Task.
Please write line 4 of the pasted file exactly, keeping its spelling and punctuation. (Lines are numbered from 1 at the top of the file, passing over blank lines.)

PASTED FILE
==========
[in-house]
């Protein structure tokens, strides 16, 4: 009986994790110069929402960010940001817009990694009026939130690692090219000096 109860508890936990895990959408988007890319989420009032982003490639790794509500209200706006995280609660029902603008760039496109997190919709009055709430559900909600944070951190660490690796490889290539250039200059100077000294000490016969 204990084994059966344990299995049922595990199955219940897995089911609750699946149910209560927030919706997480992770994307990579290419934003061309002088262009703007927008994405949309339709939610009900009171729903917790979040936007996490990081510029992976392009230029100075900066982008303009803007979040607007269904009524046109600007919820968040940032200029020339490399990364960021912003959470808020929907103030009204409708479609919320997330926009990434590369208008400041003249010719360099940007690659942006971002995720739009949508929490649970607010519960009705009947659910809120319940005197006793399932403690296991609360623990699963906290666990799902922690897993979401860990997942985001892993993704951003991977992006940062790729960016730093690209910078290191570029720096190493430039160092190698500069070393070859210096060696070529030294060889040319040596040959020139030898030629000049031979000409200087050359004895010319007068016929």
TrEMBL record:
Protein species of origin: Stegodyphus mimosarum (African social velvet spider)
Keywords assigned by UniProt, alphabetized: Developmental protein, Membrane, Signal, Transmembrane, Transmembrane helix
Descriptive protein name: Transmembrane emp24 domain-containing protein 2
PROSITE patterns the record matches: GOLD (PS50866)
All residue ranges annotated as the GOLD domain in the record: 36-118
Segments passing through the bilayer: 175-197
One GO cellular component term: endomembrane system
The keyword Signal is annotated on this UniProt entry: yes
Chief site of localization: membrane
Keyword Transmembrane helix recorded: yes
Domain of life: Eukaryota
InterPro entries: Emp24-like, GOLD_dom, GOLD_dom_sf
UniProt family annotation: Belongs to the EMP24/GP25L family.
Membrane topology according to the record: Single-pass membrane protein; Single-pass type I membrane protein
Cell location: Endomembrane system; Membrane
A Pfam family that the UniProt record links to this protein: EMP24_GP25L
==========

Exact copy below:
Protein species of origin: Stegodyphus mimosarum (African social velvet spider)